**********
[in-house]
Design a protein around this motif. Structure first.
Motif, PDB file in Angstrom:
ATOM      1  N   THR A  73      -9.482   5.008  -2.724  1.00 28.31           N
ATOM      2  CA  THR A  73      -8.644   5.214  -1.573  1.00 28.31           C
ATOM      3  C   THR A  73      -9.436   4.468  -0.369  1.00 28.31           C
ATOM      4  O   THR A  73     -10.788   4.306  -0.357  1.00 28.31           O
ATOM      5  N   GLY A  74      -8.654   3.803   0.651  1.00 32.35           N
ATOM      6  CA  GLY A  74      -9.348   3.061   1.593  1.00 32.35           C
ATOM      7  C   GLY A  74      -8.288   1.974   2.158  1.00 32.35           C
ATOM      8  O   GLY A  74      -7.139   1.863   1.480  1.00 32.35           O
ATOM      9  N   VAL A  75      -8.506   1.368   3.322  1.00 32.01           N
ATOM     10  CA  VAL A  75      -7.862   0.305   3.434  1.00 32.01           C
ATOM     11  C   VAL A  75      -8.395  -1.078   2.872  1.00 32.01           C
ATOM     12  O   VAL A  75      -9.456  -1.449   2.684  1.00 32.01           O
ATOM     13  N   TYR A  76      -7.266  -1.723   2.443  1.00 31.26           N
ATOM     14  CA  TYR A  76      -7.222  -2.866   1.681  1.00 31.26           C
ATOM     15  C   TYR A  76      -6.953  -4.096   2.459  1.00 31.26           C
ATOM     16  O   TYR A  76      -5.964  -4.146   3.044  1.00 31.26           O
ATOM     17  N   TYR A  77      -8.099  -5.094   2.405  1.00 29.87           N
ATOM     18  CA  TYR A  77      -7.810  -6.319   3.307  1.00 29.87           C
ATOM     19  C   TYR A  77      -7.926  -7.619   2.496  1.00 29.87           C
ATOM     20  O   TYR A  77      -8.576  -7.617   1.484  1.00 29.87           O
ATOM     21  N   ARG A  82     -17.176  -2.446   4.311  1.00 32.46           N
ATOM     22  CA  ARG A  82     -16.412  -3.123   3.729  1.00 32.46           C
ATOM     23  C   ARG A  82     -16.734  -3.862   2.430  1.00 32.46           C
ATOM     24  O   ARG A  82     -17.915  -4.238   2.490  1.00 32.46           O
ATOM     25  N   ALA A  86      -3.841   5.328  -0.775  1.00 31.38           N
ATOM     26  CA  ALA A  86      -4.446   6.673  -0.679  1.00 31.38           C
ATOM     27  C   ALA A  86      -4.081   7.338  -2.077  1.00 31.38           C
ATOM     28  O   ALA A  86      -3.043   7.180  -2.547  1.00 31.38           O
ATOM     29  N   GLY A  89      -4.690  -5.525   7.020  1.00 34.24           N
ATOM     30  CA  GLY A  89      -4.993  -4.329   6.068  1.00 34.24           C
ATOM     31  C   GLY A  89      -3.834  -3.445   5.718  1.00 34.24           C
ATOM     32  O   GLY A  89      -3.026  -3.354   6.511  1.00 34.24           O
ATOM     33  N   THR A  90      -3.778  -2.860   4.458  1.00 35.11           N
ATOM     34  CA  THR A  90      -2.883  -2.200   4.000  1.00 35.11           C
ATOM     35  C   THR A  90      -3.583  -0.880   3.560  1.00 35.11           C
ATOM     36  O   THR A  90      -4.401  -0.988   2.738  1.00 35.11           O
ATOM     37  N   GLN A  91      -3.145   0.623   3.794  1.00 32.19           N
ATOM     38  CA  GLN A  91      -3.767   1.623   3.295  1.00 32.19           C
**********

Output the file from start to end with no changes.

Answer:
[in-house]
Design a protein around this motif. Structure first.
Motif, PDB file in Angstrom:
ATOM      1  N   THR A  73      -9.482   5.008  -2.724  1.00 28.31           N
ATOM      2  CA  THR A  73      -8.644   5.214  -1.573  1.00 28.31           C
ATOM      3  C   THR A  73      -9.436   4.468  -0.369  1.00 28.31           C
ATOM      4  O   THR A  73     -10.788   4.306  -0.357  1.00 28.31           O
ATOM      5  N   GLY A  74      -8.654   3.803   0.651  1.00 32.35           N
ATOM      6  CA  GLY A  74      -9.348   3.061   1.593  1.00 32.35           C
ATOM      7  C   GLY A  74      -8.288   1.974   2.158  1.00 32.35           C
ATOM      8  O   GLY A  74      -7.139   1.863   1.480  1.00 32.35           O
ATOM      9  N   VAL A  75      -8.506   1.368   3.322  1.00 32.01           N
ATOM     10  CA  VAL A  75      -7.862   0.305   3.434  1.00 32.01           C
ATOM     11  C   VAL A  75      -8.395  -1.078   2.872  1.00 32.01           C
ATOM     12  O   VAL A  75      -9.456  -1.449   2.684  1.00 32.01           O
ATOM     13  N   TYR A  76      -7.266  -1.723   2.443  1.00 31.26           N
ATOM     14  CA  TYR A  76      -7.222  -2.866   1.681  1.00 31.26           C
ATOM     15  C   TYR A  76      -6.953  -4.096   2.459  1.00 31.26           C
ATOM     16  O   TYR A  76      -5.964  -4.146   3.044  1.00 31.26           O
ATOM     17  N   TYR A  77      -8.099  -5.094   2.405  1.00 29.87           N
ATOM     18  CA  TYR A  77      -7.810  -6.319   3.307  1.00 29.87           C
ATOM     19  C   TYR A  77      -7.926  -7.619   2.496  1.00 29.87           C
ATOM     20  O   TYR A  77      -8.576  -7.617   1.484  1.00 29.87           O
ATOM     21  N   ARG A  82     -17.176  -2.446   4.311  1.00 32.46           N
ATOM     22  CA  ARG A  82     -16.412  -3.123   3.729  1.00 32.46           C
ATOM     23  C   ARG A  82     -16.734  -3.862   2.430  1.00 32.46           C
ATOM     24  O   ARG A  82     -17.915  -4.238   2.490  1.00 32.46           O
ATOM     25  N   ALA A  86      -3.841   5.328  -0.775  1.00 31.38           N
ATOM     26  CA  ALA A  86      -4.446   6.673  -0.679  1.00 31.38           C
ATOM     27  C   ALA A  86      -4.081   7.338  -2.077  1.00 31.38           C
ATOM     28  O   ALA A  86      -3.043   7.180  -2.547  1.00 31.38           O
ATOM     29  N   GLY A  89      -4.690  -5.525   7.020  1.00 34.24           N
ATOM     30  CA  GLY A  89      -4.993  -4.329   6.068  1.00 34.24           C
ATOM     31  C   GLY A  89      -3.834  -3.445   5.718  1.00 34.24           C
ATOM     32  O   GLY A  89      -3.026  -3.354   6.511  1.00 34.24           O
ATOM     33  N   THR A  90      -3.778  -2.860   4.458  1.00 35.11           N
ATOM     34  CA  THR A  90      -2.883  -2.200   4.000  1.00 35.11           C
ATOM     35  C   THR A  90      -3.583  -0.880   3.560  1.00 35.11           C
ATOM     36  O   THR A  90      -4.401  -0.988   2.738  1.00 35.11           O
ATOM     37  N   GLN A  91      -3.145   0.623   3.794  1.00 32.19           N
ATOM     38  CA  GLN A  91      -3.767   1.623   3.295  1.00 32.19           C